The number of confirmed COVID-19 cases recorded in Africa reached 4,195,068 as of Tuesday noon, the Africa Centers for Disease Control and Prevention (Africa CDC) said.

The death toll related to the pandemic stood at 112,238, the Africa CDC said, adding that a total of 3,754,469 people across the continent have recovered from the disease.

Austria

Austria is in talks with Russia to buy a million doses of its Sputnik V coronavirus vaccine, which has yet to be approved by the European Medicines Agency, Chancellor Sebastian Kurz’s office said on Tuesday.

“There must be no geopolitical blinkers regarding vaccines,” Kurz said in a statement issued by his office, adding that Austria is in talks with Russia and Moscow has offered to sell it a million doses as of April. “The only thing that must count is whether the vaccine is effective and safe.”

Belgium

All COVID-19 indicators are "in the red" and continue to rise in Belgium, greatly impacting intensive care units, where the number of patients has increased tenfold, Yves Van Laethem, inter-federal spokesperson for COVID-19, said on Tuesday.

There were a total of 2,818 COVID-19 patients hospitalized in Belgium, 739 of whom were in intensive care.  

Infections have also spiked in recent weeks. From March 20 to March 26, the Sciensano institute recorded an average of 4,751 new infections per day.

By Tuesday, 1.3 million Belgian adults have received one first dose of the coronavirus vaccine, accounting for roughly 13 percent of the total adult population, Sabine Stordeur, member of the country's Vaccination Task Force, said.

To date, Belgium has recorded 872,936 COVID-19 cases and 22,921 deaths since the start of the pandemic.

Bolivia

A second batch of vaccines developed by Chinese pharmaceutical firm Sinopharm arrived in the central Bolivian city of Cochabamba on Tuesday to help advance the country's mass immunization campaign against COVID-19.

The shipment was received by Bolivian Foreign Affairs Minister Rogelio Mayta, Health Minister Jeyson Auza and Chinese Ambassador to Bolivia Huang Yazhong.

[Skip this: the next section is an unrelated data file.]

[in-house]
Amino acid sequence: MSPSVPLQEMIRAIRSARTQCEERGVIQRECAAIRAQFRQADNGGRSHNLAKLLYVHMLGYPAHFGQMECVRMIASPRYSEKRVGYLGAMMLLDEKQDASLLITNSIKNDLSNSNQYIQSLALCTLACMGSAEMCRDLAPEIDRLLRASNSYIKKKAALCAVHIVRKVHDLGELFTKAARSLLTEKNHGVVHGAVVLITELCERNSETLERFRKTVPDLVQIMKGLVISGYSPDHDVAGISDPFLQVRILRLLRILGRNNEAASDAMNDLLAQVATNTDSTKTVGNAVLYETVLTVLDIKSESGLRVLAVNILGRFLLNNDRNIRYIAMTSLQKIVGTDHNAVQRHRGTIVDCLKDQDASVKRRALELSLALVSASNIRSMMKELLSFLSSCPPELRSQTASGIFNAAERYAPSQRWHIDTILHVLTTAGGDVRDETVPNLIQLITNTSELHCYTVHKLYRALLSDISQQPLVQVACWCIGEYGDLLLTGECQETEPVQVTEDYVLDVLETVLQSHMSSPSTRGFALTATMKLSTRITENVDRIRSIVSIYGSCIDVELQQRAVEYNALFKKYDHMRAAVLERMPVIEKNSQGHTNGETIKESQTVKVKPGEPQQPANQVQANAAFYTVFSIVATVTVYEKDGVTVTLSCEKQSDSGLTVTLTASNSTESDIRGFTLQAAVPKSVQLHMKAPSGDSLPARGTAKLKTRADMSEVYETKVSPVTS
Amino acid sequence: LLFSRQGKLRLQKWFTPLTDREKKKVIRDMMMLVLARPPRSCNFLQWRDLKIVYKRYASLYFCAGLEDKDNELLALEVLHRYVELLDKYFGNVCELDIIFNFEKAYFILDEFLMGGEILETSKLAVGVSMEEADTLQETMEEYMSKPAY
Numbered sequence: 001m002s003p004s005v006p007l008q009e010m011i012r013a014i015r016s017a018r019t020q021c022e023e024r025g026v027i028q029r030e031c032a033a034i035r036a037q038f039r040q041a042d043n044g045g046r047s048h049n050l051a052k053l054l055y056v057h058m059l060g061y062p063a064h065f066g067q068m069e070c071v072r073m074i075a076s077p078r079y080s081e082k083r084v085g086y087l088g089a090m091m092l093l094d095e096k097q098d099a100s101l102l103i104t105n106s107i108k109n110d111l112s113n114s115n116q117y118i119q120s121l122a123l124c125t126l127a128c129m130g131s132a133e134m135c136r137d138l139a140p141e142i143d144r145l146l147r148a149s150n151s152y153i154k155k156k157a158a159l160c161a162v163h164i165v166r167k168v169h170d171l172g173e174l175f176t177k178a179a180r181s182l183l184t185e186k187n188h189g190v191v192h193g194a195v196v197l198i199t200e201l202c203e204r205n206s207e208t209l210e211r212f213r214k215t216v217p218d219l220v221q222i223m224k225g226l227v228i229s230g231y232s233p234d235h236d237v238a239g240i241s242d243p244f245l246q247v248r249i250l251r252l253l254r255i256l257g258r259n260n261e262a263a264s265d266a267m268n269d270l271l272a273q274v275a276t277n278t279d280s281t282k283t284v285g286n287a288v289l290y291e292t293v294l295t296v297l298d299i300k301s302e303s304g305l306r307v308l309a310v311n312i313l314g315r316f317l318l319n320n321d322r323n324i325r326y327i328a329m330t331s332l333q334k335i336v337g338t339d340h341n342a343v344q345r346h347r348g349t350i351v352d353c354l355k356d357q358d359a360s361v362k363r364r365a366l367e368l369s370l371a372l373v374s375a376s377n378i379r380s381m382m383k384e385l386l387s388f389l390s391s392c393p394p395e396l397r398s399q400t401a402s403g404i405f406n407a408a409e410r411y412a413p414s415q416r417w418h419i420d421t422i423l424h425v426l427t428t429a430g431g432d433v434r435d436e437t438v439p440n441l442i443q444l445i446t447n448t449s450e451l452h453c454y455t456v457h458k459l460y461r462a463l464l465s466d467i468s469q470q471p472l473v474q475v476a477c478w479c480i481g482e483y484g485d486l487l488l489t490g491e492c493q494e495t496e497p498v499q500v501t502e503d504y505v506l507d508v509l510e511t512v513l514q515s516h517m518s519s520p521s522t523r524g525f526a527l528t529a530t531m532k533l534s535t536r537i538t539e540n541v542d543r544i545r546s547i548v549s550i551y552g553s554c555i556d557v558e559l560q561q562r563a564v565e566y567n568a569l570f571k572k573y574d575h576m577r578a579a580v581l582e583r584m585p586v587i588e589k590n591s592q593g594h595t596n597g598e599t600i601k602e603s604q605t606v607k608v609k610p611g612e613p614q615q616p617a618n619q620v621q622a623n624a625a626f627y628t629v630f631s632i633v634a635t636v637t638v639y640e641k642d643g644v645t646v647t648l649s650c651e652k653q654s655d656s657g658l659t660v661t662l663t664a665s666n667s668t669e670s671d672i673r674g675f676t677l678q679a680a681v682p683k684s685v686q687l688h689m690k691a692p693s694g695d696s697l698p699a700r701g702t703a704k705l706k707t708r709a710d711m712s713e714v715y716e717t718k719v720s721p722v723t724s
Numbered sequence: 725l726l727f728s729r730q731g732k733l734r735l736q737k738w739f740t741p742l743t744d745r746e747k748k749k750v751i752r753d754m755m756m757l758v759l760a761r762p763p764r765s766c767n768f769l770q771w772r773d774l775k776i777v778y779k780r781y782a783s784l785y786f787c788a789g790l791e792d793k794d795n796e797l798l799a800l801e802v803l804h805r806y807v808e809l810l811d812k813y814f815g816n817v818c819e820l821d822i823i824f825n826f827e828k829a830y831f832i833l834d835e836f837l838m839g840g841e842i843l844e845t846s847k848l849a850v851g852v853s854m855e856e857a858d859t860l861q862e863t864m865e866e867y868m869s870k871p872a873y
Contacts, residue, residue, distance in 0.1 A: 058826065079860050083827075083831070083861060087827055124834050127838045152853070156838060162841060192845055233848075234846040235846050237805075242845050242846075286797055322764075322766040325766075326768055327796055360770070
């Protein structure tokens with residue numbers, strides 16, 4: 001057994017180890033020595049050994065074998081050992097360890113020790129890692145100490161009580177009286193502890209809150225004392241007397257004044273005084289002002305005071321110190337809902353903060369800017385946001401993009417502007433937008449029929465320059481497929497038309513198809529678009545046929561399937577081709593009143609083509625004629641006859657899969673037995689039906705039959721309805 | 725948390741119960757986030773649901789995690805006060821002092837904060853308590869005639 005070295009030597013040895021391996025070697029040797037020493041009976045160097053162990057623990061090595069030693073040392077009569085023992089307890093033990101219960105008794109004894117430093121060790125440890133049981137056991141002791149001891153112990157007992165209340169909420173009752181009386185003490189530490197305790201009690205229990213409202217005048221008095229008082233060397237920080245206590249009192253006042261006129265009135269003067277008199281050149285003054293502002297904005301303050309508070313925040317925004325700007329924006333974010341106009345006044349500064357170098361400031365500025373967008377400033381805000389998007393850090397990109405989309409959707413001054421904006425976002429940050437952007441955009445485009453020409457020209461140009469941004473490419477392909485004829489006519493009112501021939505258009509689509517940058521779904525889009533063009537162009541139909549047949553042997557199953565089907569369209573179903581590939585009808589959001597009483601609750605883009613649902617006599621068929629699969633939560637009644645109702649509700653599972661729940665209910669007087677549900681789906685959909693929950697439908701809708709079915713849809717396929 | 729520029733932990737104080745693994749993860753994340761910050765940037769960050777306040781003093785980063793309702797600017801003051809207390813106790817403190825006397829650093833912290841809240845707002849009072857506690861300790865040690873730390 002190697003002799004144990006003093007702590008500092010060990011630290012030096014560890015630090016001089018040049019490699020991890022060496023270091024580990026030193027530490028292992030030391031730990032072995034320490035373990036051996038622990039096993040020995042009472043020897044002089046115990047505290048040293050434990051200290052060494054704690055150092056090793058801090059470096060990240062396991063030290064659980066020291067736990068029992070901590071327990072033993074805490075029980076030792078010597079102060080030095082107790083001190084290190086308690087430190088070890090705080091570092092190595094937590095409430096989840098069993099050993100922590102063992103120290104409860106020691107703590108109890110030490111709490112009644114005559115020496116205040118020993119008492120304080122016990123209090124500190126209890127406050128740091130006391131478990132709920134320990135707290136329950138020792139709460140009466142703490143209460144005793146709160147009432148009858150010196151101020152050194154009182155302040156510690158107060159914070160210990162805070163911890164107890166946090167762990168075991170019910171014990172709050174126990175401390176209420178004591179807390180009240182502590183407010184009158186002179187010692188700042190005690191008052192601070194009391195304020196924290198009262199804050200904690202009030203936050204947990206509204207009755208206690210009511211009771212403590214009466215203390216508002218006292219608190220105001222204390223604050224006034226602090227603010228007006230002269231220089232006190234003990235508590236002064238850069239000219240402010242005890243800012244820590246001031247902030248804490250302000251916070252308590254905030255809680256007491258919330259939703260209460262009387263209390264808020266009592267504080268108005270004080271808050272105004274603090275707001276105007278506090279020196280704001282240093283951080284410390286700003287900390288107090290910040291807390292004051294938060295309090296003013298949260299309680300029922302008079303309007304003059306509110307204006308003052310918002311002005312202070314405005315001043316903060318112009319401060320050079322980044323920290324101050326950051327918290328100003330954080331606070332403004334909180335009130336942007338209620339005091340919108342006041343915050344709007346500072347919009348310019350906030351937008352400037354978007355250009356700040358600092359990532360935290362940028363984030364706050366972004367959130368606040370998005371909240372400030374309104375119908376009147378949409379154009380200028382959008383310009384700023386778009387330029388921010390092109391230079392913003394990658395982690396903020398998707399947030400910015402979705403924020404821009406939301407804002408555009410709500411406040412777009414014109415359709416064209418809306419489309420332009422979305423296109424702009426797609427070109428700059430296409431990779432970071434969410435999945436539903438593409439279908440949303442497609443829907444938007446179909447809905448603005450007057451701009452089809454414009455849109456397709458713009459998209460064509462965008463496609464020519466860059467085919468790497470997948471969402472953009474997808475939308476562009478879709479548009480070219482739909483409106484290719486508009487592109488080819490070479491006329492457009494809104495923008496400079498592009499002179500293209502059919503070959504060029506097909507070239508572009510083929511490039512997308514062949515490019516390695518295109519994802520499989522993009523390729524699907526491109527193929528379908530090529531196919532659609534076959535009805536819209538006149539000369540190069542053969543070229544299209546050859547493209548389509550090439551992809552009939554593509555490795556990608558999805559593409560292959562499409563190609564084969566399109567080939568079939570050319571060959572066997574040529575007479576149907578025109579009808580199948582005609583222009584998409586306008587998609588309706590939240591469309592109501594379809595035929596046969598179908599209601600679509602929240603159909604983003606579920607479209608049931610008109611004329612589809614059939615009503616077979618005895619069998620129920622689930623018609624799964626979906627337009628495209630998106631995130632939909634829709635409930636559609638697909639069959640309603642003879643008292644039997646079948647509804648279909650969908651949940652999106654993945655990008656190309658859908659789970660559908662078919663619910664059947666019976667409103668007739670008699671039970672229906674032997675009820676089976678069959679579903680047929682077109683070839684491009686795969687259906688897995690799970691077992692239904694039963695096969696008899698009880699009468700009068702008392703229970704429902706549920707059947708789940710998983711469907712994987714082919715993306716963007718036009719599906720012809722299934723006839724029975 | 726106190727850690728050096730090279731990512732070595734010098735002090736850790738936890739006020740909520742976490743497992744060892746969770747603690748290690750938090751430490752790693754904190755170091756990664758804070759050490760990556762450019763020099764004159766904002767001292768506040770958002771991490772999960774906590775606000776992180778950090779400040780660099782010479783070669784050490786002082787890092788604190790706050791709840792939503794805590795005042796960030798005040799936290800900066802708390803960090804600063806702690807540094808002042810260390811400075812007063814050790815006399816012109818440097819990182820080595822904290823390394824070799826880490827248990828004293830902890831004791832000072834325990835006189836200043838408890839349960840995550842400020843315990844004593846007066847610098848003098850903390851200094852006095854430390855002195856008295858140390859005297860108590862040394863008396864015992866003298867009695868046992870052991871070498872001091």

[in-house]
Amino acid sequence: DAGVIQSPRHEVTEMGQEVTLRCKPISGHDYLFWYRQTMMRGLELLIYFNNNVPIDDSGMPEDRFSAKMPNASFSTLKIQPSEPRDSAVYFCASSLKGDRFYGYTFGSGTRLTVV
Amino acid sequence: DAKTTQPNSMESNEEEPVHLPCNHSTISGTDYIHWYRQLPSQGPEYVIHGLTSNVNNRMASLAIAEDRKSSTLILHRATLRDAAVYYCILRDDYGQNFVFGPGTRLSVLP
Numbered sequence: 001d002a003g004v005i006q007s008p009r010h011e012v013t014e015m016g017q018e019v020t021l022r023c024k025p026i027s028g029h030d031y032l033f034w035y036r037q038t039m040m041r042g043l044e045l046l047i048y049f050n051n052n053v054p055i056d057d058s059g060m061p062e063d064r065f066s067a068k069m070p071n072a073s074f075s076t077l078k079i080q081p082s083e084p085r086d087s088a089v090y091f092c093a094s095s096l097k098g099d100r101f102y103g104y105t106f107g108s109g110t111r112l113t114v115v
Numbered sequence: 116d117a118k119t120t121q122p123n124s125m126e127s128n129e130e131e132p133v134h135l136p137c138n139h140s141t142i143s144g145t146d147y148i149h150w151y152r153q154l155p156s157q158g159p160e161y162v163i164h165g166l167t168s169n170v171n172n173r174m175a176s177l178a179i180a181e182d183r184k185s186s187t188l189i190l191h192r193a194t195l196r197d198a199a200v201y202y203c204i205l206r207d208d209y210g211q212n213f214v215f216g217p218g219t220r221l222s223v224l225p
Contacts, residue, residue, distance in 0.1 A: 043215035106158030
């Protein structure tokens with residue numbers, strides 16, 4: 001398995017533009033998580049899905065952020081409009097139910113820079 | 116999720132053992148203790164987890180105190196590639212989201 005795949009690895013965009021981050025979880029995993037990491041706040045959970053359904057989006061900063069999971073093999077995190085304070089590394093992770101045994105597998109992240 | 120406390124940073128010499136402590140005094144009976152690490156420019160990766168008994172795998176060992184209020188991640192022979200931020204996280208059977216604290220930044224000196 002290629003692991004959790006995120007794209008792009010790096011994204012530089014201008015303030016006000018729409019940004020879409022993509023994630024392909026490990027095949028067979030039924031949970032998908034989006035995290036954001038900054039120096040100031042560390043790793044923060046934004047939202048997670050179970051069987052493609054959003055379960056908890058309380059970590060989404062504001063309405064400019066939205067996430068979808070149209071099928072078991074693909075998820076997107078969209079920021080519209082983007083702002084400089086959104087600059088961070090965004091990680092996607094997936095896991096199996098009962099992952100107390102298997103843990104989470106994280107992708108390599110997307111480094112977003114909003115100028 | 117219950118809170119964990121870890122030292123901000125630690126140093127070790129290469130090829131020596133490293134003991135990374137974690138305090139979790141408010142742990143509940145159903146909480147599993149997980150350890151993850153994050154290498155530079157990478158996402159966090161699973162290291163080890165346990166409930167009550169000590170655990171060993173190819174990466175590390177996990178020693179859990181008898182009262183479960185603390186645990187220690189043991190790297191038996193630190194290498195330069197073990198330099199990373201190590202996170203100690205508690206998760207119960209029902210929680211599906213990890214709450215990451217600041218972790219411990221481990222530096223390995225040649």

"These vaccines are of paramount importance … they contribute to the largest immunization campaign carried out by Bolivia, and to fighting the pandemic. These vaccines signify life," Mayta said.

Commuters wearing face masks due to the COVID-19 pandemic crowd a platform while waiting for a public Rapid Transit Bus (BRT) in Rio de Janeiro, Brazil, March 30, 2021. (BRUNA PRADO / AP)

Brazil

Brazil’s President Jair Bolsonaro on Tuesday signed an executive order to disburse 5.3 billion reais (US$918.08 million) in new loans to fight the COVID-19 pandemic, as the country hit a record tally of 3,780 deaths in the past day.

Total coronavirus fatalities reached 317,646 and 84,494 new cases were registered in the last 24 hours, totaling almost 12.7 million.

The new loans will be used to prop up Brazil’s health system, the finance ministry said. The health ministry will receive the funding and said it will use it at over 2,600 public health clinics, as well as to build more hospital beds.

On Tuesday, older Brazilians in Rio de Janeiro state waited in long lines under the strong sun to get vaccinated. While Brazil hoped to have 46 million doses of the vaccine in March, it ended up receiving only 22 million.

Also on Tuesday, Brazil’s health regulator Anvisa said the Covaxin COVID-19 vaccine, developed by India’s Bharat Biotech, did not meet its manufacturing standards.

Bharat and its Brazilian partner Precisa Medicamentos said in a statement that they would appeal the decision and would present evidence that it is complying with all requirements.

Meanwhile, Anvisa issued a good practices certificate for Janssen’s facilities. 

Brazilian foundation Fiocruz expects to file a request to start testing the AstraZeneca-Oxford vaccine in children, the head of the organization Nisia Trindade, said in an online event promoted by the World Health Organization.

ALSO READ: WHO: Animal-to-human virus transmission most likely

Bulgaria

Bulgaria will reopen restaurants and pubs with open-air space, as well as gyms, theaters and museums with limited capacity from April 1, the health ministry said in a statement. Kindergartens will reopen April 5. 

Bulgaria registered a record number of 5,176 new COVID-19 cases over the past 24 hours, taking the country’s infection tally to 338,426, the health ministry said on Wednesday.

The previous daily record of 4,851 new cases was reported last Wednesday.

Meanwhile, 155 more patients have died from the virus, bringing the death toll to 13,068, the ministry said.